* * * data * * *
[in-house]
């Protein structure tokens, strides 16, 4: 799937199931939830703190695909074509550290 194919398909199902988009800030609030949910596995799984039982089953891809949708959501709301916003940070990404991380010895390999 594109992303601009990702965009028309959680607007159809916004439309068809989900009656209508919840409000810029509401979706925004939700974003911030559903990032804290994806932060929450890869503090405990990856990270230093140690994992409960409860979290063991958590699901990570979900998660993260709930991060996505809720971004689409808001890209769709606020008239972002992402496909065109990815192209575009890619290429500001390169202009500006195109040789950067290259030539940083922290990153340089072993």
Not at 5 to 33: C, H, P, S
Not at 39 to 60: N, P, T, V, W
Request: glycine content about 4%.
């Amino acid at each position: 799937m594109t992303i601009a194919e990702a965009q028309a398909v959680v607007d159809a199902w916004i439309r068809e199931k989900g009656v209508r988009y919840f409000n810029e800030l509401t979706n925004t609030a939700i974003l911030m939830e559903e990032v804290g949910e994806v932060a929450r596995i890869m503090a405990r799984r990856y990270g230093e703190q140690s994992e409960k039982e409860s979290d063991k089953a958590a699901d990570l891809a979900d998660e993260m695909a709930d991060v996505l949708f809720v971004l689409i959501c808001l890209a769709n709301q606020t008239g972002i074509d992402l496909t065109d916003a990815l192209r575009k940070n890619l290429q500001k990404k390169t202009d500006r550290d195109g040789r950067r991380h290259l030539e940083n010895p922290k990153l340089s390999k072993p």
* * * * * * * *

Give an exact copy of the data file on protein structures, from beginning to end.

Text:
[in-house]
């Protein structure tokens, strides 16, 4: 799937199931939830703190695909074509550290 194919398909199902988009800030609030949910596995799984039982089953891809949708959501709301916003940070990404991380010895390999 594109992303601009990702965009028309959680607007159809916004439309068809989900009656209508919840409000810029509401979706925004939700974003911030559903990032804290994806932060929450890869503090405990990856990270230093140690994992409960409860979290063991958590699901990570979900998660993260709930991060996505809720971004689409808001890209769709606020008239972002992402496909065109990815192209575009890619290429500001390169202009500006195109040789950067290259030539940083922290990153340089072993």
Not at 5 to 33: C, H, P, S
Not at 39 to 60: N, P, T, V, W
Request: glycine content about 4%.
């Amino acid at each position: 799937m594109t992303i601009a194919e990702a965009q028309a398909v959680v607007d159809a199902w916004i439309r068809e199931k989900g009656v209508r988009y919840f409000n810029e800030l509401t979706n925004t609030a939700i974003l911030m939830e559903e990032v804290g949910e994806v932060a929450r596995i890869m503090a405990r799984r990856y990270g230093e703190q140690s994992e409960k039982e409860s979290d063991k089953a958590a699901d990570l891809a979900d998660e993260m695909a709930d991060v996505l949708f809720v971004l689409i959501c808001l890209a769709n709301q606020t008239g972002i074509d992402l496909t065109d916003a990815l192209r575009k940070n890619l290429q500001k990404k390169t202009d500006r550290d195109g040789r950067r991380h290259l030539e940083n010895p922290k990153l340089s390999k072993p």